Some skepticism has arisen regarding whether or not organic cotton should be considered a more sustainable choice. To explore the sustainability of organic cotton we’re going to compare it to its counterpart: conventional cotton. Conventional cotton still accounts for 99% of cotton production and is one of the most popular fabrics in the world.
Of course, organic cotton is also a more sustainable choice when compared to other popular fabrics such as polyester. For starters, organic cotton doesn’t shed microplastics and it’s better for recycling. Check out our fabric guide to see more on how it compares to other fabrics.
Now, let’s get into the finer details of conventional cotton vs. organic cotton.
The short answer: when considering the environmental and human impacts of organic cotton, it is a more ethical and eco-friendly choice compared to other materials, and a good option when shopping for new clothes.
Water Pollution from Cotton Farming
Conventional cotton farming accounts for 16.1% of the world’s insecticide sales and 5.7% of global pesticide consumption. This means conventional cotton can be a dirty crop for our soil and water supplies.
Organic cotton, which is grown without harmful chemicals, reduces water pollution by 5x compared to conventional cotton. Reducing runoff from pesticides protects both the ecosystems and people that depend on the local water supply.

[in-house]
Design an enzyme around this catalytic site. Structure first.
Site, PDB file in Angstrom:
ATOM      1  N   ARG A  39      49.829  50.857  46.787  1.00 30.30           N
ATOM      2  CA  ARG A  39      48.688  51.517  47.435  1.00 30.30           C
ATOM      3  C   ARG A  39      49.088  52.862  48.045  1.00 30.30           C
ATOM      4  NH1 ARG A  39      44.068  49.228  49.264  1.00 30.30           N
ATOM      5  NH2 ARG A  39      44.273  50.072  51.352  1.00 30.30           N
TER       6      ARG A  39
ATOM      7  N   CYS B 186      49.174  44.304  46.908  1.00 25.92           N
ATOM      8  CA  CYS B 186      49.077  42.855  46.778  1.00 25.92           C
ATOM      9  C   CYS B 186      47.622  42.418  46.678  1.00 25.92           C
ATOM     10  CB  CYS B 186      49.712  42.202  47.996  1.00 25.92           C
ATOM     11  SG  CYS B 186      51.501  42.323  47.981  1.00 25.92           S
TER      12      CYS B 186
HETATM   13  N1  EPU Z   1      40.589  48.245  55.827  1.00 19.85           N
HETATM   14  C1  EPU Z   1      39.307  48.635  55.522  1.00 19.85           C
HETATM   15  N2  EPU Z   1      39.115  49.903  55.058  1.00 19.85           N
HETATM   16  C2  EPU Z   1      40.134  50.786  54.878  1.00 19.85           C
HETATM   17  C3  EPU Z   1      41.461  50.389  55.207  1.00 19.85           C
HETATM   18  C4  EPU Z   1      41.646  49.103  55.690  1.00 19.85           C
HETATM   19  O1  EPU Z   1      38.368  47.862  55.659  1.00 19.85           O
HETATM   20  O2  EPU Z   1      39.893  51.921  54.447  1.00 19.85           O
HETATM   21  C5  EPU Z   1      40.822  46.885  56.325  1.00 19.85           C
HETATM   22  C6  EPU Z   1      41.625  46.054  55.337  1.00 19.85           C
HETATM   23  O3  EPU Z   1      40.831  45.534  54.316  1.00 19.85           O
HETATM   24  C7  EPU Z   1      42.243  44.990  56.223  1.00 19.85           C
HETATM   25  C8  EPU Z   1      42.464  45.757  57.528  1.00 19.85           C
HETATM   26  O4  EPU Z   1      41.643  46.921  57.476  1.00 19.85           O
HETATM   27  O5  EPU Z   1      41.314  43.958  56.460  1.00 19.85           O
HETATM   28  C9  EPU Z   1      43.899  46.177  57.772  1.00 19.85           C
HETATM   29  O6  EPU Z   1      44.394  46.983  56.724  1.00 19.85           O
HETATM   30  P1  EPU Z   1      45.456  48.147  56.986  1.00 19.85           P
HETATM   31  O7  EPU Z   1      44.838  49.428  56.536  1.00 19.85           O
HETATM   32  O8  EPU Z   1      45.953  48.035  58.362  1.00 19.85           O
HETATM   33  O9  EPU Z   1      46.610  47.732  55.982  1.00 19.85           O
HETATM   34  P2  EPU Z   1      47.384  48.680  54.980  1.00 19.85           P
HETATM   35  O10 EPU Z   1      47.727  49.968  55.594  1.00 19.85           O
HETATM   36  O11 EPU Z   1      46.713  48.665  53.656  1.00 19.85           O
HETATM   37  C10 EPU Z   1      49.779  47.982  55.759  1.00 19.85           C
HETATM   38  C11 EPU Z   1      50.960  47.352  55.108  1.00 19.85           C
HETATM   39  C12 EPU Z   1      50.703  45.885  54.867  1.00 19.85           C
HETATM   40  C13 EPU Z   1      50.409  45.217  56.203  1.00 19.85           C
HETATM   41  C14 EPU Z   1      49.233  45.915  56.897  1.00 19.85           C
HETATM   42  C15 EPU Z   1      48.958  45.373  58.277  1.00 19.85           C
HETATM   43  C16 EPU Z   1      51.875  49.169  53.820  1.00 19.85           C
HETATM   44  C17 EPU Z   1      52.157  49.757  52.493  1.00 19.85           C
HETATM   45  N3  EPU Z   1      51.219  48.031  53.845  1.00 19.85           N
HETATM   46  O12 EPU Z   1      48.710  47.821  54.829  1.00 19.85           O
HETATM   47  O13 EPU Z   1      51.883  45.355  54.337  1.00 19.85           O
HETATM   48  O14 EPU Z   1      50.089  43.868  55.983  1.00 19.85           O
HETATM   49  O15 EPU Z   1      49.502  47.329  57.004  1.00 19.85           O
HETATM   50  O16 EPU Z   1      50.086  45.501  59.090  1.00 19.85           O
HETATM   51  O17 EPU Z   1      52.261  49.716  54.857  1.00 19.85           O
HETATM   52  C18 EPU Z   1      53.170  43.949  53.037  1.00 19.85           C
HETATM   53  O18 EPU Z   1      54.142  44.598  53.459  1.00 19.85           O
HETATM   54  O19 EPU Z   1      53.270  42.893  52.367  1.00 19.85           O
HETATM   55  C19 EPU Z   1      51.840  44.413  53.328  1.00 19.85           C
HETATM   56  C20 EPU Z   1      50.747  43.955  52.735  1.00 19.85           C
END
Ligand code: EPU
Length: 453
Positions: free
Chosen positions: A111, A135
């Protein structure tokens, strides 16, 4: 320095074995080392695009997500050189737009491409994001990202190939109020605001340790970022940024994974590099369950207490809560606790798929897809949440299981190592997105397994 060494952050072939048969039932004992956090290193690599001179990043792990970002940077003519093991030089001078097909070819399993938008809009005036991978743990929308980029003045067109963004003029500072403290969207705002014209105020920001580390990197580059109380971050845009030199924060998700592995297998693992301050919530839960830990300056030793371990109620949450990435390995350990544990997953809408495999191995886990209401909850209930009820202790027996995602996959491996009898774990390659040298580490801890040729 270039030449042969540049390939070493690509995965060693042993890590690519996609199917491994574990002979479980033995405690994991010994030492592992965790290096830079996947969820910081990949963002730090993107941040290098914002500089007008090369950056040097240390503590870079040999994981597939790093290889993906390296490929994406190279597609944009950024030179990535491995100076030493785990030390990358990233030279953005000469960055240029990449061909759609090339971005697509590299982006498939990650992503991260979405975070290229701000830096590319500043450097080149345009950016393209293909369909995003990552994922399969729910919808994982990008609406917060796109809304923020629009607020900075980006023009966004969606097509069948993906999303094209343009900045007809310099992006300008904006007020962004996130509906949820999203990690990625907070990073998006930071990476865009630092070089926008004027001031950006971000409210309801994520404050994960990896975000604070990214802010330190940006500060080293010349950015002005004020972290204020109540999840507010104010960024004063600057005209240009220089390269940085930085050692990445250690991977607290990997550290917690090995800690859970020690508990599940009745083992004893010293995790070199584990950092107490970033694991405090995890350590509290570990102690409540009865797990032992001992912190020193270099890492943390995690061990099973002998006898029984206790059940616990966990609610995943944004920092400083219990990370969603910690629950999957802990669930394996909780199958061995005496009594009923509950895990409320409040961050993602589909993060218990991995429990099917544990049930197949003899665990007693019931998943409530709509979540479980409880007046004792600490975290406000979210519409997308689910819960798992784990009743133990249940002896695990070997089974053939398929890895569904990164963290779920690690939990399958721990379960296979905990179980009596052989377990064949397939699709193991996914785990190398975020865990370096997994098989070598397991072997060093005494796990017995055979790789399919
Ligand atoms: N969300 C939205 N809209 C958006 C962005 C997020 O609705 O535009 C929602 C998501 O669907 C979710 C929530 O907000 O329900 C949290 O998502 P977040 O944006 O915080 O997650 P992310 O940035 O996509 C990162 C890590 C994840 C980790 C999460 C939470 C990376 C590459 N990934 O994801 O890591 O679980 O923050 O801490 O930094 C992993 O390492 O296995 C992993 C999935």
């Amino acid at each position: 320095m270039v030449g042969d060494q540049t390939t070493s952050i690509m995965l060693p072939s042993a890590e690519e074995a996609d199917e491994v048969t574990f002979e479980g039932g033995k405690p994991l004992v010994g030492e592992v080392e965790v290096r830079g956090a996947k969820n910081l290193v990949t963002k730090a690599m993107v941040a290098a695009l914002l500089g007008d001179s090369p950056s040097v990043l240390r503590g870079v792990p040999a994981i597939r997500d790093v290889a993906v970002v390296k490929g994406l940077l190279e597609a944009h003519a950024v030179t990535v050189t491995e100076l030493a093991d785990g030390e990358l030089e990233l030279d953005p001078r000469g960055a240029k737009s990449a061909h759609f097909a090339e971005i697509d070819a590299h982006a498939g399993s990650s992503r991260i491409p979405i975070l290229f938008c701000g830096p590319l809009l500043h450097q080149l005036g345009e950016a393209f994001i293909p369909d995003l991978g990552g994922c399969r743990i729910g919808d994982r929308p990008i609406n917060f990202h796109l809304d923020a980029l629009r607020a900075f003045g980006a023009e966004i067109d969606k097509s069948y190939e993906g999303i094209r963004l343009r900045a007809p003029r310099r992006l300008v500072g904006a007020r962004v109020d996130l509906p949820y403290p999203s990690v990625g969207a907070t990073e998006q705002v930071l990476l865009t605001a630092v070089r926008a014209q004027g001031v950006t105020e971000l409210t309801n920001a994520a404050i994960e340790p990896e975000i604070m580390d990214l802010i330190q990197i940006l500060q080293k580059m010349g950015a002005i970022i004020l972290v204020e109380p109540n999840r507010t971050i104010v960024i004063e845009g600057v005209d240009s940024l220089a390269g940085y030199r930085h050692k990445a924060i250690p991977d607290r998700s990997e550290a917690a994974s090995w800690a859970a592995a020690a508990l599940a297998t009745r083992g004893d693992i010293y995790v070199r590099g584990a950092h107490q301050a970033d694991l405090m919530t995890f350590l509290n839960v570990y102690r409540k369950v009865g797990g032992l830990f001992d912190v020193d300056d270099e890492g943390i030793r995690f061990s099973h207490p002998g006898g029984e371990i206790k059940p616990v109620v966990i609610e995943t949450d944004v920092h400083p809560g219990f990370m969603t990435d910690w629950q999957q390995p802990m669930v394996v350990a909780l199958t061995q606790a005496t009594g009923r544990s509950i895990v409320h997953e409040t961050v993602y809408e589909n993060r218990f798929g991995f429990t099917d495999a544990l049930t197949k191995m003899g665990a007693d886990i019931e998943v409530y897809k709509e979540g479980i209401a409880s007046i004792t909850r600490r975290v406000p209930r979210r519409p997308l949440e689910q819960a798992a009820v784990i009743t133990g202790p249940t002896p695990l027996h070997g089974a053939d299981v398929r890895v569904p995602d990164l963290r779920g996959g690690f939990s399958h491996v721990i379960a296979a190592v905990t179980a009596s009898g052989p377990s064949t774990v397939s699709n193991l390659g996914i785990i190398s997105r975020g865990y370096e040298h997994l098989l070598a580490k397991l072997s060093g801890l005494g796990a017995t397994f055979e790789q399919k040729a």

Global Warming Impacts of Cotton Production
In addition to polluting our soil and water, pesticides are also a contributor to greenhouse gas emissions in agriculture. Pair pesticide usage with soil degradation and you start to see how conventional cotton has a larger carbon footprint.
Organic cotton is better than conventional cotton for global warming because healthier soil means it can store more CO2. Organic farming stores about 2 tonnes more carbon per soccer field, on average.
“If Europe’s farmland all followed organic principles, agricultural emissions could drop by 40-50% by 2050.”Soil Association
Workers Health and Safety
When we talk about sustainability, we can’t just talk about environmental impacts. Fabrics must be supported by humane labor practices that ensure the health and safety of farmers to truly be sustainable.
The toxic chemicals used in traditional cotton farming pose a massive health risk to farmers around the world. There is a link between consistent inhalation and consumption of these chemicals and cancer, neurological diseases, and reproductive complications.
By purchasing items made of organic cotton, consumers are not only supporting a more environmentally conscious production method, they’re also helping protect the health of cotton farmers worldwide.
Cotton’s Water Consumption
According to the most current available data, it takes 1,931 liters of irrigation water and 6,003 liters of rainwater to produce enough cotton for a t-shirt and pair of jeans. Is this a lot?
“Cotton’s water consumption is not high relative to many other crops, and it varies dramatically from place to place.”Transformers Foundation